This is the third blog about the Activating CS4L in Ontario project ("the Project"), but the first in a long time; the last was written in late 2012. The Project is a collaborative with three Ontario Provincial Sport Organizations (PSOs- basketball, soccer, volleyball), the Toronto Sport Council, and Brock University to learn how best to integrate CS4L-LTAD in community sport clubs and develop a new generation of CS4L leaders to work in the community. The Project page is here.
Canadian Sport for Life (CS4L) in partnership with the Aboriginal Sport Circle is facilitating the development of Aboriginal Long-Term Athlete (ALTAD) resources and their activation in communities and sport systems. The purpose of these resources is to increase the percentage of Aboriginal children who are physically literate, to define a pathway for Aboriginal athletes into the sport performance pathway and, to have more Aboriginal people being active for life. A first step in this process is the hosting of regional summits with the purpose of engaging key stakeholders including First Nations, Inuit and, Metis leaders and, sport policy and program leaders from all provinces and territories.
Over the last year my understanding of physical literacy has grown. My perspective, broad and textbook at first, has morphed and sharpened to become something that has very little in common with my view just one year ago. What caused this change? Most of it has come from teaching at risk youth.
PISE has always taken a games and play approach to teaching physical literacy skills; instead of doing drills, or repetition activities we choose to teach through play. If you pop your head in on one of our programs you will likely see kids laughing, playing and running around (all while making an incredible amount of noise). What the kids often don’t realize is that behind the play is a very specific, thought out plan that consciously teaches fundamental movement and sport skills.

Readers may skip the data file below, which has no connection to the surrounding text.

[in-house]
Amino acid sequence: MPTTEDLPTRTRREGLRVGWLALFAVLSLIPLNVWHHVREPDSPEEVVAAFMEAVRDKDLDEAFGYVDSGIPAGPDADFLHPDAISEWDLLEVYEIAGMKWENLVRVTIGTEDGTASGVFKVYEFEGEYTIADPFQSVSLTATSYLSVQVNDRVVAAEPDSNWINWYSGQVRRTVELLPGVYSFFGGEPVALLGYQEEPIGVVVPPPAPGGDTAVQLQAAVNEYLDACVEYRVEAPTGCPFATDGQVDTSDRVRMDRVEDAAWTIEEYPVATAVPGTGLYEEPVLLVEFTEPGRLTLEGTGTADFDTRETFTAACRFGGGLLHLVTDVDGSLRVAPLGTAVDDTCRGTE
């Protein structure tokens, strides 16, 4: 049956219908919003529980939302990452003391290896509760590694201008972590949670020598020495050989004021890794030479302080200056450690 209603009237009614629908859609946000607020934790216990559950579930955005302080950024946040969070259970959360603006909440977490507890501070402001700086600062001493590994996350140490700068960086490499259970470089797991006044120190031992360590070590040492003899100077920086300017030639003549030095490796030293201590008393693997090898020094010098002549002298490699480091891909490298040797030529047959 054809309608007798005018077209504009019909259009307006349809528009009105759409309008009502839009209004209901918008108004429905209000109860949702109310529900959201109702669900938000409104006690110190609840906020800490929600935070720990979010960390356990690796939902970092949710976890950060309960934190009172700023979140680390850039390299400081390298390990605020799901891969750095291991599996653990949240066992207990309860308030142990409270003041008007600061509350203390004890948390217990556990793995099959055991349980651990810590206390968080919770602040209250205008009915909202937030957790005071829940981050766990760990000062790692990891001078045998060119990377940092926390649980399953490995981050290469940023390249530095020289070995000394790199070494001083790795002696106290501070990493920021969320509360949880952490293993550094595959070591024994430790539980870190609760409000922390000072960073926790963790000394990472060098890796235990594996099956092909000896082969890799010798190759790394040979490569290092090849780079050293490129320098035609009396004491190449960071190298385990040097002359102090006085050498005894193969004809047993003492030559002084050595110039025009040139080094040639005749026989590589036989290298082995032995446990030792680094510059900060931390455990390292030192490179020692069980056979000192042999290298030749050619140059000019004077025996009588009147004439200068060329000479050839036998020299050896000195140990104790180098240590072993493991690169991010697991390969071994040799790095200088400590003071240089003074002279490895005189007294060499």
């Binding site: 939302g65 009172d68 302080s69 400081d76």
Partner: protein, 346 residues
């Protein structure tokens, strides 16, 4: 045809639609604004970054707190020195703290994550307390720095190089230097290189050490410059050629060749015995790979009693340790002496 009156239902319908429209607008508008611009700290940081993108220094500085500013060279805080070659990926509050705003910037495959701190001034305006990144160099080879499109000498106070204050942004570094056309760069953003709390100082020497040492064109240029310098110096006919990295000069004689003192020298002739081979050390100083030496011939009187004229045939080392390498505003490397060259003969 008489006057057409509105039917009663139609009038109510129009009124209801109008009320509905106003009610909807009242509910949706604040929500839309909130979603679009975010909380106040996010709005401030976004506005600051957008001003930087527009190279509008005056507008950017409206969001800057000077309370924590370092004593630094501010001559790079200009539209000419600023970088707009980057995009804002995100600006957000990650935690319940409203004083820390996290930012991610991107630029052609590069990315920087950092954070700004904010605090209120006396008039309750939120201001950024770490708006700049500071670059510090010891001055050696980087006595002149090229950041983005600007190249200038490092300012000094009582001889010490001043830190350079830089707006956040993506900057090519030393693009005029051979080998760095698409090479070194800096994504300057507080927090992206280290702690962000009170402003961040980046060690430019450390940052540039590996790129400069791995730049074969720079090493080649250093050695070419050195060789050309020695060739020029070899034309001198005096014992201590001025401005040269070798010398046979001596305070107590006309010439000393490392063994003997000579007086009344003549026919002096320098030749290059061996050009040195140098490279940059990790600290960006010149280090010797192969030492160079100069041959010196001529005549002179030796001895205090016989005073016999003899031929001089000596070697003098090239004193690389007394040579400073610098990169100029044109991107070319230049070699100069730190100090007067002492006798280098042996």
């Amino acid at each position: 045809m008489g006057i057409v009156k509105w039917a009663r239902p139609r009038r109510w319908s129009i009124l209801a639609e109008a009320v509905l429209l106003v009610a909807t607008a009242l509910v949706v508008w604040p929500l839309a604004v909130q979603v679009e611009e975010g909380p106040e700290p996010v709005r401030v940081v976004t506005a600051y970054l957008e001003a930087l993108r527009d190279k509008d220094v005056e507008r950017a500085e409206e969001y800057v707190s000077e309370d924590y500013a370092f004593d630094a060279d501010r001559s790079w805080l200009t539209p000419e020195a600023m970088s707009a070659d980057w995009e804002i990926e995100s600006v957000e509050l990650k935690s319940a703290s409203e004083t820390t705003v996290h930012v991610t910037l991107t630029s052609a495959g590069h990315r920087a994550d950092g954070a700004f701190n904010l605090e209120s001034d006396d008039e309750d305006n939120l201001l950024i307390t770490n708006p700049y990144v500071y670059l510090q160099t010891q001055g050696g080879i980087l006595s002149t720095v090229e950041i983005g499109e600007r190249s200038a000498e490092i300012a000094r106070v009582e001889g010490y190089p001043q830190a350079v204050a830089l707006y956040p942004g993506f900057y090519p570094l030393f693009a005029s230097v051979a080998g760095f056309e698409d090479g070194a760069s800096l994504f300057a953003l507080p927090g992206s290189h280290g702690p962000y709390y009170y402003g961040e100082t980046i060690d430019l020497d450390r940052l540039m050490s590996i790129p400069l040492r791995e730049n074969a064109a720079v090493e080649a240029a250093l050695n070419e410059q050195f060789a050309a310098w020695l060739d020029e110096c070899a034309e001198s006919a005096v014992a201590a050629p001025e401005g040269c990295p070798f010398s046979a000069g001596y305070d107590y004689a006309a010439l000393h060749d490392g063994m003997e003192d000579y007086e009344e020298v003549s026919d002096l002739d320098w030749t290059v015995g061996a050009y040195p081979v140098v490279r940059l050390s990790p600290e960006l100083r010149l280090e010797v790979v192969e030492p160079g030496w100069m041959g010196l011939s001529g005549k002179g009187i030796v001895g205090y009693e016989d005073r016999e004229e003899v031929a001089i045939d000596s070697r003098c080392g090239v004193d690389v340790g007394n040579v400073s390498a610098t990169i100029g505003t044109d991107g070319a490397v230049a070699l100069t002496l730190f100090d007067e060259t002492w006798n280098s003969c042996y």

The question of sport specialization—when to begin and how best to approach it—has been a topic of much debate for years, and one that CS4L-LTAD has discussed at length. Though some have argued that early specialization in a sport is the only way to become an elite athlete, more and more research shows that later specialization in a sport (aside from artistic and acrobatic sports) better equips athletes to succeed at the highest levels.
I don’t expect people to be interested in what I do on a daily basis. Certainly nobody asks! But, as almost all of my work as a self-employed consultant is related to CS4L, there is some sort of relationship between what I’m doing and the progress of the movement. Last month’s work provides a few illustrative examples.
Canada is a great country. We have so much to be thankful for. But all is not perfect in our land. We are known to be a progressive and diverse culture, and in the bright-shining light of progression I speak to all the parents, administrators and educators of our fair nation.
We stand proud on our achievements in literacy and numeracy, for our children are among the most capable in the world when it comes to Reading, wRiting and aRithmetic. No surprise really, as the 3 Rs have been long-standing pillars of our education system and our Canadian mindset. From the Pacific to the Atlantic, we measure our achievement of the 3Rs using mandatory provincial examinations. We know where we stand, and we can rightfully stand tall.
There is no question that the introduction of Long-Term Player Development (LTPD) to Ontario has brought with it some concern—and push back. The very notion that there would no longer be formal league standings—or even scores—at the early ages continues is a sea change for most of us.
But increasingly, Clubs, coaches and parents are recognizing what so many top soccer minds in the most serious soccer nations throughout the world have been saying for years: that is, helping all young players on every youth “team” develop skills and confidence with the ball at their feet at the early ages is much more important than winning a game at the U9 level, for example, simply because a particular team may have bigger, faster, stronger players.